The Chinese might have signalled that its rivalry with the United States will shift to another landscape, where each would be striving with the other to become a leader in the field of green energy and thus become the ‘savior’.
The COP 26 has got some glitters as the world’s two biggest emitters; the United States and China have issued a joint statement in which they agreed to cooperate in combating climate change. The Chinese climate envoy and his American counterpart have finally found the same ground after painstaking negotiations spanning 30 meetings. The Chinese envoy Xie Zhenhua acknowledged the threat that climate change posed by affirming that cooperation between the two powers was necessary.
China, under the agreement, has pledged to phase down coal and other fossil fuels from 2026 and has also vowed to form a national plan for curbing methane emissions, distancing itself from the hundred countries which have pledged together to curb methane emissions by 30% by the year 2030. However, the Asian giant could not confirm the time at which its emissions would peak.
Though Xi Jinping didn’t attend the conference in person, the agreement signals his willingness to act, which hasn’t come long after the earlier announcement that China would cease further funding of overseas fossil-fuel projects. Energy quotas have been enforced, with factories in China who finish their yearly quota early getting their supply cut. But the thing which demands attention is the nature of his willingness.
The Chinese government has recognized the renewable energy sector as a ‘strategic emerging industry’, which seems an important categorization. China is touted to be the world’s largest producer of wind and solar energy. It is considered to have the capacity to manufacture wind turbines twice as the USA can produce. It also boasts a significant proportion of the world’s solar generation capacity. But these big facts owe their size to the huge domestic consumption, which is a characteristic of the country. If one takes up China’s overseas investment in green energy, it is eclipsed by those in fossil fuels.
China’s rise has been facilitated by its economic strength, and a big chunk of its money overseas was directed towards the energy sector. In all the continents of the world, ranging from Latin America to Oceania, billions of dollars of investment have been invested by the Chinese in fossil fuels. This policy was based on the need to maintain energy security, fulfil the needs emanating from its consumption, and augment its influence abroad, enabling the dragon to stand at par with the United States. Chinese money forms an integral part of them, be it gas pipelines in Russia, oilfields in the Middle East, coalfields in Indonesia, or offshore natural gas fields of Mozambique.
But this large size of the investment can also cause some problems since most of these were realized in the 2010s and have been responsible for large quantities of emissions, making China an emitter and a facilitator of emissions around the world. The speed of Chinese investment isn’t stopping, and fossil fuel projects are still in contention for the years to come. They are the last, but what makes them worrisome is their number.
But the tables have to be turned. The world is changing. Humankind has started picking up its scatter and has started building a world dominated by other energy sources. The funding of fossil fuels isn’t sustainable, and it’s a veritable fact. China knows that it isn’t good to stick out as a thorn when others are trying to become scented flowers. The revolution realized in the global energy sector provides China with an opportunity to maintain its clout. If others demand green energy, it won’t hesitate in being the first to provide it in affordable terms.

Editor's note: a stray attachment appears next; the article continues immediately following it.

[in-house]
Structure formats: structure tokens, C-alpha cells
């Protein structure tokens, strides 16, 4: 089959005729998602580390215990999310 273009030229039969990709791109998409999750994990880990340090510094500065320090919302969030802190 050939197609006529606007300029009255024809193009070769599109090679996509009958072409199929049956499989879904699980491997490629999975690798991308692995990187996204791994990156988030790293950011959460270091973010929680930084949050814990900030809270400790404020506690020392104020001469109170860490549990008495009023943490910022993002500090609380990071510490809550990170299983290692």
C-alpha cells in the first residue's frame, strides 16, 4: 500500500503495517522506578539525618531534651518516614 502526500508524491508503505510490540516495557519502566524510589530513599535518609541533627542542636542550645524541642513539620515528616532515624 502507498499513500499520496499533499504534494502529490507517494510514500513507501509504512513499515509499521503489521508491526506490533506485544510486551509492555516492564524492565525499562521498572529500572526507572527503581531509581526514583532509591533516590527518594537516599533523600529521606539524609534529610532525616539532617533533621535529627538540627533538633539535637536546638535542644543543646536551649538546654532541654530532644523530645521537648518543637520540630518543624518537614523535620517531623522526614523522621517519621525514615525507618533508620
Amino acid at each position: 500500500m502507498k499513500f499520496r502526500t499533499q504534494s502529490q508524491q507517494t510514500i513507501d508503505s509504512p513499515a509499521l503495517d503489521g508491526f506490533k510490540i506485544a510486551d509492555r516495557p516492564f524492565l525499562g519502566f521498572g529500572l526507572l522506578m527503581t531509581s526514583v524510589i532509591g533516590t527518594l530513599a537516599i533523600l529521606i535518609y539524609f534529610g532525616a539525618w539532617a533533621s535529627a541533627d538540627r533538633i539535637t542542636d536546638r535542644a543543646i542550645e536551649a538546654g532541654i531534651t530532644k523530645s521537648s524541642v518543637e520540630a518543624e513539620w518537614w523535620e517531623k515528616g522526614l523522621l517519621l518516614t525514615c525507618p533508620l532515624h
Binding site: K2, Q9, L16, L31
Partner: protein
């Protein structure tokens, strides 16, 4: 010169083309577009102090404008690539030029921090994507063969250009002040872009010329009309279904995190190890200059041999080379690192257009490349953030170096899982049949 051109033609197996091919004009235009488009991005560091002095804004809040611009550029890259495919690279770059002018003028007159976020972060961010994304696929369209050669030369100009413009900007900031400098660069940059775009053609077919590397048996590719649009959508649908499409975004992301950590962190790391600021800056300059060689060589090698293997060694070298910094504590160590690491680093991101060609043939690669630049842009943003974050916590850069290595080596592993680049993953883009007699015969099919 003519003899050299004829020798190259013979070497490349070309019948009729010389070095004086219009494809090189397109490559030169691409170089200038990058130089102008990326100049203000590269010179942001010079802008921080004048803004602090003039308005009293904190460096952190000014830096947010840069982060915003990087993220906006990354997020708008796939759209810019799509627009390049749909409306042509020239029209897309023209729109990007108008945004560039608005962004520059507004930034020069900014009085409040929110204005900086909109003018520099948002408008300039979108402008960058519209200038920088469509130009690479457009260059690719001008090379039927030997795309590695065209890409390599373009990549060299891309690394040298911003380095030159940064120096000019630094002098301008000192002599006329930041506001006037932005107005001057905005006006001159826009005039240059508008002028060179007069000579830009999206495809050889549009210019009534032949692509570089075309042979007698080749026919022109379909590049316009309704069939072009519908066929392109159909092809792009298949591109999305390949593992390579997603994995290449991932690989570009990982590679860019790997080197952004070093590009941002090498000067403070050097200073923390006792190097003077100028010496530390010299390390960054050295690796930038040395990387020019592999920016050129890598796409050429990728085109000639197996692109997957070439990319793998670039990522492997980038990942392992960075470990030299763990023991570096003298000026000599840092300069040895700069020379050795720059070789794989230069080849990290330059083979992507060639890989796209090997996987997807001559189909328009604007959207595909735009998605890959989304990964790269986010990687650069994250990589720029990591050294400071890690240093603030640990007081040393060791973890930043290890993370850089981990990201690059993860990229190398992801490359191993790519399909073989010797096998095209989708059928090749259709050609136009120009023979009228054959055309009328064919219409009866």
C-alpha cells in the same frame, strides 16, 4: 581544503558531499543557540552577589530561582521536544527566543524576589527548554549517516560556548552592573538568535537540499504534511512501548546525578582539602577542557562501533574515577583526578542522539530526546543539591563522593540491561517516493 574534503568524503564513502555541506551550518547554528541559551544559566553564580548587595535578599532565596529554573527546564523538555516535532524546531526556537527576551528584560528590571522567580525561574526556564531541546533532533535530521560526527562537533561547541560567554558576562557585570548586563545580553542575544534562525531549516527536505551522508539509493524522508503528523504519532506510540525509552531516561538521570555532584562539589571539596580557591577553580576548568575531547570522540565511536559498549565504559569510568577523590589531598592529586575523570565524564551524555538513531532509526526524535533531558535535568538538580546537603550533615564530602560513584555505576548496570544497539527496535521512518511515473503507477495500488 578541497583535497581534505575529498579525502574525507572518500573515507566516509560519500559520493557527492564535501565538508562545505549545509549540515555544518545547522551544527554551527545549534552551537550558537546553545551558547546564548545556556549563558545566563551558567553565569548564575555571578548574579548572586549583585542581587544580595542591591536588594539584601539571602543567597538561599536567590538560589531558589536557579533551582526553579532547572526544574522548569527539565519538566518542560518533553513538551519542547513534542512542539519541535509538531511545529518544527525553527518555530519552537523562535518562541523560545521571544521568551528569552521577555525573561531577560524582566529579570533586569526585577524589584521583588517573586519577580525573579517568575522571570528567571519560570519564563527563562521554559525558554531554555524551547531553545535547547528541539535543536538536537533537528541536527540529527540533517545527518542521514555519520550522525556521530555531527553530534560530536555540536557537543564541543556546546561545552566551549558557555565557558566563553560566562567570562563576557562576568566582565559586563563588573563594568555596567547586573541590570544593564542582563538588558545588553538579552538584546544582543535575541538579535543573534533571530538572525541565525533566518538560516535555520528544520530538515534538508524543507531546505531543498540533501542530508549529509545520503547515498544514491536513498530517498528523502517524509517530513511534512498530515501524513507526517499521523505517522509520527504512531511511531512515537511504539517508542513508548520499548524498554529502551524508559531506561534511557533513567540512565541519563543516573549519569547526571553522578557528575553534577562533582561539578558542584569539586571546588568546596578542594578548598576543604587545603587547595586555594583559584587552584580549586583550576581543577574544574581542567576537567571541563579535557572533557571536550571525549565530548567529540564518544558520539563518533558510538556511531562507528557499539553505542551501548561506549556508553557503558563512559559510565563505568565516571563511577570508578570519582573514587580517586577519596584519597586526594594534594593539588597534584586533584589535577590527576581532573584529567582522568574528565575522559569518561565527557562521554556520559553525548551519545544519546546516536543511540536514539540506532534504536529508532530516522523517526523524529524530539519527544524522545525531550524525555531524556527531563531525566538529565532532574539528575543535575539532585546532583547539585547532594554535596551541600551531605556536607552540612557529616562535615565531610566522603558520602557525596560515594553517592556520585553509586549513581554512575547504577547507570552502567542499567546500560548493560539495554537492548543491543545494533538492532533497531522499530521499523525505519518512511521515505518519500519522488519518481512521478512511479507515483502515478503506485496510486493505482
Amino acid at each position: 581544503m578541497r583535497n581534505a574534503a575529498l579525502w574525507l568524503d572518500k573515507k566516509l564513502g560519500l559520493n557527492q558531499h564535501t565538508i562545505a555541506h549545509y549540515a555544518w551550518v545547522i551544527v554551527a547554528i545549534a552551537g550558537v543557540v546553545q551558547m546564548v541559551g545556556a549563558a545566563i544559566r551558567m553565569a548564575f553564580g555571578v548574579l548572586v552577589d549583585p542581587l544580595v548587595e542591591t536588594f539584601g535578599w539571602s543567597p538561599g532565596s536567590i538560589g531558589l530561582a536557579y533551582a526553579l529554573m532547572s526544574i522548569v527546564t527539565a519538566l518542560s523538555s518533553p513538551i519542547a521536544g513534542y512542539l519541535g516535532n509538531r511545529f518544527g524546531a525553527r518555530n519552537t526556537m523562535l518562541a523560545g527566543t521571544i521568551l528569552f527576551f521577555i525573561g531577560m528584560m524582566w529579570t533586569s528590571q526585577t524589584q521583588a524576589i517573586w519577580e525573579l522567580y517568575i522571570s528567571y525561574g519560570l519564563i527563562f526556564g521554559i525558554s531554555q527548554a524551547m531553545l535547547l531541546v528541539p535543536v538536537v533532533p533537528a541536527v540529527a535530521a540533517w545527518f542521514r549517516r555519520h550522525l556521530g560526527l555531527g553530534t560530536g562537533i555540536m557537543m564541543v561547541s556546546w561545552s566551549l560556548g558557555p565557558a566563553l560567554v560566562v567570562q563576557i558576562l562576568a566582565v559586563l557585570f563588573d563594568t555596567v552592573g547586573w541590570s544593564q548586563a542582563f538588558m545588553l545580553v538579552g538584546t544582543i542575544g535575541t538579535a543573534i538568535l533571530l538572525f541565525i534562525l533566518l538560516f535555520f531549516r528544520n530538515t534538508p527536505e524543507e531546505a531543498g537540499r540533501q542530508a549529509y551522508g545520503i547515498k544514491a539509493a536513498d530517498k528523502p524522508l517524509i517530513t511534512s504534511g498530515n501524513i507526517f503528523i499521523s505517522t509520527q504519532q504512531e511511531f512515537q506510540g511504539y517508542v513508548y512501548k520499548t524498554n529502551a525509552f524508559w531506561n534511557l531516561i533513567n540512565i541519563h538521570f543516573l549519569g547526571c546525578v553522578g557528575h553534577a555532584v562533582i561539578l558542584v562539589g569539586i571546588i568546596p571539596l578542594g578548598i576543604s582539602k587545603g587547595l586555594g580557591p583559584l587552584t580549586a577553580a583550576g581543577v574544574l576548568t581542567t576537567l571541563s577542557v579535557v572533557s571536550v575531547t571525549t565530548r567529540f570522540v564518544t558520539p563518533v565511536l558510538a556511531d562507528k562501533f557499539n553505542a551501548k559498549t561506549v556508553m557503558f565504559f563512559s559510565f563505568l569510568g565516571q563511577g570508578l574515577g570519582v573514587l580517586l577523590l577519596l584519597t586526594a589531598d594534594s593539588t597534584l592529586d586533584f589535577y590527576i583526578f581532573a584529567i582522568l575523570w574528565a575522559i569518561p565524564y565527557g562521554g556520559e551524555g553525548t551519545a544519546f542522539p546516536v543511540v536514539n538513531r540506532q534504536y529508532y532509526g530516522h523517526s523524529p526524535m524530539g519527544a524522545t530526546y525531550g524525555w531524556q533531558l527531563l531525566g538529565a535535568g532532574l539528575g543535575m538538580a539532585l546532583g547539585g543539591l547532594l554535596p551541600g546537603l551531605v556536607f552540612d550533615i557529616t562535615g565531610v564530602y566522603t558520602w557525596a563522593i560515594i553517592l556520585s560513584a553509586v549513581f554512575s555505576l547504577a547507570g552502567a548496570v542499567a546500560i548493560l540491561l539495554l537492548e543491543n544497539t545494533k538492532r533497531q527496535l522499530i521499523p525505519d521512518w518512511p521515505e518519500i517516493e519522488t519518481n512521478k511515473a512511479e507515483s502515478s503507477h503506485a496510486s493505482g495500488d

Thus, in a few years, there may be an increment in Chinese investment in green energy in different parts of the world. China might also aid developing countries to help them tackle climate change, thereby showing to the disgruntled developing world that they can count on it instead of the West, which doesn’t show fidelity on such a crucial matter lagging in providing the much-needed cash. The Chinese provided $14 million in aid to Dominica after Hurricane Maria, which was more than what was provided by Washington. And one can say that if they could support fossil fuel projects in such a short time, why would they lag in renewable energy if it benefits them in the long run?
This gives rise to an important point: Is the joint agreement a sign of cooperation or a signal for further competition? In the garb of cooperation, the Chinese might have signalled that its rivalry with the United States will shift to another landscape, where each would be striving with the other to become a leader in the field of green energy and thus become the ‘savior’. The US doesn’t maintain complete goodwill with the Chinese, which is evident from the fact that around the same time when the joint statement was in the climax, some US lawmakers visited Taiwan, not to forget that patrolling and naval exercises by the West in the Indo-Pacific region seem to have become a regular feature, which unsurprisingly draws ire form Beijing. Both are different issues, but the focal point is power and influence, which means that the rivalry between the two sides isn’t going to fizzle but is slowly conditioning itself for the future.